Our previous study showed that the anti-angiogenic and anti-tumor effects of peptide V3 were significantly higher than those of peptides V1 and V2 on both S180 and H22 xenografts in nude mice, however the mechanism of action of peptide V3 has not been fully elucidated [19]. HCC is one of the leading causes of cancer-related deaths in the world [1-3]. The human HCC cells lines SMMC-7721 and Huh-7 cells have been widely implicated in establishing tumor-bearing animal models [22, 34, 35]. In the present study, SMMC-7721 and Huh-7 cells were used to evaluate the effects of peptide V3 both in vitro and in vivo. The results demonstrated that peptide V3 showed more potent inhibitory effects than peptides V1 and V2 on decreasing the proliferation and viability, as well as inhibiting the migration and invasion capabilities of human HCC cells. However, no obvious effect was observed in HL-7702 cells. These results suggest that peptide V3 could play an important role in attenuating the growth, migration, and invasion of human HCC cells.

Apoptosis, also known as programmed cell death, plays a critical role in the normal development and maintenance of tissue homeostasis in multicellular organisms [36]. There are two major apoptotic signaling pathways: an intrinsic pathway that occurs through the mitochondria and an extrinsic pathway initiated by death receptors [11]. The proteins of the Bcl-2 family are important regulators of apoptosis in mammals, such as Bax, Bcl-2, Bad, and Bcl-xl [37]. Caspases can be activated in response to a variety of apoptotic stimuli and active caspase-3 could inactivate PARP, thus leading to the occurrence of apoptotic cascade [38]. Bovine lactoferricin, a cationic antimicrobial peptide, has potent anticancer activity by inducing apoptosis in many human cancer cells [39, 40]. Similarly, our results showed that peptide V3 remarkably increased the apoptotic index, protein expressions of cleaved caspase-3, 8, 9, cleaved PARP, as well as Bax/Bcl-2 and Bad/Bcl-xl ratios, suggesting the activation of mitochondria-mediated pathway. In sum, these results demonstrate that peptide V3 could induce mitochondrial-mediated apoptosis in human HCC cells.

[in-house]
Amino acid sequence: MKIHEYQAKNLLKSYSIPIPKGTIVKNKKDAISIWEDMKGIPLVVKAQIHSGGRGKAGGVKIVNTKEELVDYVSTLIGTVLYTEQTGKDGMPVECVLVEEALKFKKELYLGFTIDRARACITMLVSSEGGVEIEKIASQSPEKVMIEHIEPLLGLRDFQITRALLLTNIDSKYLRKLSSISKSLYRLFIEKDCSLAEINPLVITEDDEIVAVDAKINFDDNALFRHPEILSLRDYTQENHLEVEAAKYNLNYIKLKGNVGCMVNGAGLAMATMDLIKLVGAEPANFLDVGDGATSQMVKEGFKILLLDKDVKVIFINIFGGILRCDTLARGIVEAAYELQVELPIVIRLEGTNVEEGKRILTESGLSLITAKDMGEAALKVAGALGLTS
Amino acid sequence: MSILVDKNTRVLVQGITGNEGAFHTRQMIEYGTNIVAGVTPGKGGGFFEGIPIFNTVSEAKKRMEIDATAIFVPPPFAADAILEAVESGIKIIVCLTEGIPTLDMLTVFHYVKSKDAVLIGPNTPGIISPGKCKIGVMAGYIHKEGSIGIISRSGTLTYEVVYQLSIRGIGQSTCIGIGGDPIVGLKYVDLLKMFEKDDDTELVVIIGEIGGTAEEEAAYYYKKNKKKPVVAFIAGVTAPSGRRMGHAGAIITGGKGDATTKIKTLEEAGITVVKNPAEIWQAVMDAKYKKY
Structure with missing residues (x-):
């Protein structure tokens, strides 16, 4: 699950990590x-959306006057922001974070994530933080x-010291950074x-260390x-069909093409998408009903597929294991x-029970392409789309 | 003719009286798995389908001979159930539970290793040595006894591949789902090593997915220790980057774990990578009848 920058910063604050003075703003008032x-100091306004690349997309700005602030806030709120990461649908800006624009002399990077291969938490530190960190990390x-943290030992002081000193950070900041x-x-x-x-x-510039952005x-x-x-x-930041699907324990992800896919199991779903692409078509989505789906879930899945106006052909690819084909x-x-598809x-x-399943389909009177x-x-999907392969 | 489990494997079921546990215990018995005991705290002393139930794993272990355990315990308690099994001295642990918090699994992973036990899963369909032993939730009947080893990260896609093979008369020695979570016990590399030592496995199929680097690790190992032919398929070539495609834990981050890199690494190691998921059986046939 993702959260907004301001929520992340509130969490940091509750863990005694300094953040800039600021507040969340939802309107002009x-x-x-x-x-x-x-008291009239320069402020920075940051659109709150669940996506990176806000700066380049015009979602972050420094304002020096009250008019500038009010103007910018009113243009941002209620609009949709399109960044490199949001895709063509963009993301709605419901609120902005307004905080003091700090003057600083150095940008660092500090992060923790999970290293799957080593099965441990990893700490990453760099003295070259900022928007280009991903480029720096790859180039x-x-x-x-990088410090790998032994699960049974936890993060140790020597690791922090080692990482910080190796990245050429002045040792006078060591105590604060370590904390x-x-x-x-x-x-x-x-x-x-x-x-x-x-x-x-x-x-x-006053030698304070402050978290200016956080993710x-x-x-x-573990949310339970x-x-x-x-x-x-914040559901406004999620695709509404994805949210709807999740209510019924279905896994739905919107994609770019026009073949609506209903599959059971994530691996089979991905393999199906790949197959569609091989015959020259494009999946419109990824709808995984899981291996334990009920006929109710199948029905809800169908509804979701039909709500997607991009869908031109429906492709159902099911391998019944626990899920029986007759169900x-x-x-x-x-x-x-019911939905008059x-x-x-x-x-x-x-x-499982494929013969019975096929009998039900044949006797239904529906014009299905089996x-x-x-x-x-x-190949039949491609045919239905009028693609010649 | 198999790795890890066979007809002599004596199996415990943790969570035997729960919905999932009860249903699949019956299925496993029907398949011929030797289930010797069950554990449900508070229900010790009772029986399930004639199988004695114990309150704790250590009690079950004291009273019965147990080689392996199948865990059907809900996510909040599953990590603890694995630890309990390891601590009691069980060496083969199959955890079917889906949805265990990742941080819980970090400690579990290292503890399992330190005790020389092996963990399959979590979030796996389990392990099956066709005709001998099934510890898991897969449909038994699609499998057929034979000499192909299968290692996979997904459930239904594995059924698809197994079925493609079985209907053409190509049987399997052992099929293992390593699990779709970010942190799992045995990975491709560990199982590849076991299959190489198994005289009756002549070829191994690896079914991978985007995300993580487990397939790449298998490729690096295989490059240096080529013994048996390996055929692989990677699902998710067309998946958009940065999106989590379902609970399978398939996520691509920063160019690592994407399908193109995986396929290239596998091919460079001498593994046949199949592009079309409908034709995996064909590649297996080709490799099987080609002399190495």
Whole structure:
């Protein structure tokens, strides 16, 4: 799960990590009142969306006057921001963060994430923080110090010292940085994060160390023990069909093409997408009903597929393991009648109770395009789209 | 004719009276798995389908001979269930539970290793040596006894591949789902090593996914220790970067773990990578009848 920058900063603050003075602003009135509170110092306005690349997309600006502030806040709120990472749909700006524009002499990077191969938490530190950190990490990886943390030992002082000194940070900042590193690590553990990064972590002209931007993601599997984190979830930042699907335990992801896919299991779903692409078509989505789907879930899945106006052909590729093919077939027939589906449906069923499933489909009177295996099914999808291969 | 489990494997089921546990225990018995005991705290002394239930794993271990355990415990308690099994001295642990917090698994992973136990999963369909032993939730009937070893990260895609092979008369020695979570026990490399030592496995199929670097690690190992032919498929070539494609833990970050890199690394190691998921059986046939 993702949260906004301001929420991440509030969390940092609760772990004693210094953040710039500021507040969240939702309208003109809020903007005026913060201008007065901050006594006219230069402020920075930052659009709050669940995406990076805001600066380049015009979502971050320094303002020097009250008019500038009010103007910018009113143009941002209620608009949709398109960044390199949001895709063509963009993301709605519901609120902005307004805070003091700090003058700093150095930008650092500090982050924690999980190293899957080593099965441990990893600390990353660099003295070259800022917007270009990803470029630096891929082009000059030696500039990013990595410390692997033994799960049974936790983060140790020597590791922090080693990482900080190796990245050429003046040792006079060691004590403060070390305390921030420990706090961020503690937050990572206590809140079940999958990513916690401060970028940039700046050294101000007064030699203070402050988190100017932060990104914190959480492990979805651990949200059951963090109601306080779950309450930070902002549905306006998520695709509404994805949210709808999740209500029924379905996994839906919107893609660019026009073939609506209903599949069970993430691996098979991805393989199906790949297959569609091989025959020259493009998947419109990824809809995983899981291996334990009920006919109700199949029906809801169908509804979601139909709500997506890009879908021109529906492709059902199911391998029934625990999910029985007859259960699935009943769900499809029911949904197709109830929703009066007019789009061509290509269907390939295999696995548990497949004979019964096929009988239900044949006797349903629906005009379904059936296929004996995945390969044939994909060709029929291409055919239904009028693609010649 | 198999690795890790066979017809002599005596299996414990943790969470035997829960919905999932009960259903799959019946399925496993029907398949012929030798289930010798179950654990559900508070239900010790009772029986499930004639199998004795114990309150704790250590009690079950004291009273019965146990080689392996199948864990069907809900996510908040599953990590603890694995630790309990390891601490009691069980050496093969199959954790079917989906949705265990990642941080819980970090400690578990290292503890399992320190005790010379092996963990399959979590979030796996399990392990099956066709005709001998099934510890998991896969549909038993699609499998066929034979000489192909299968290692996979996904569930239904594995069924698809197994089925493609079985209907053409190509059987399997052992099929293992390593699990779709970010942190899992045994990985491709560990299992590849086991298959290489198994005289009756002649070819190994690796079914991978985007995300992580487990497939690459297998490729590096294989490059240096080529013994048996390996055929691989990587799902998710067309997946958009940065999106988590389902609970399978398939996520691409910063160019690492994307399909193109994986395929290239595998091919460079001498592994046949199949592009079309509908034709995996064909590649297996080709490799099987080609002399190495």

Figure 7 

Effects of peptide V3 on the growth of SMMC-7721 and Huh-7 xenograft tumors in nude mice. (A, B) The tumor volume of each group was measured every day and the TVDT was calculated by the formula: TVDT= (T - T0) × log2/log(V2/V1), where (T - T0) represents the time interval and V2 and V1 indicate the volumes of tumor at the two measurement times [24]. (C, D) The tumors were weighed and the IR of tumor growth were calculated by the formula: IR (%) = [(A - B)/A] × 100, where A is the average tumor weight of the control group, and B is that of the treatment group [19]. (E, F) The body weight change curve of each group during the experiment and the body weight of each group on the first day (day 0) and the last day (day 28). Values are presented as mean ± SEM (n = 6); *P < 0.05, **P < 0.01 compared with the control group; P < 0.05, △△P < 0.01 compared with V1 group; P < 0.05, ▲▲P < 0.01 compared with V2 group; #P < 0.05 compared with V1+V2 group.

J Cancer Image (Click on the image to enlarge.)
 Figure 8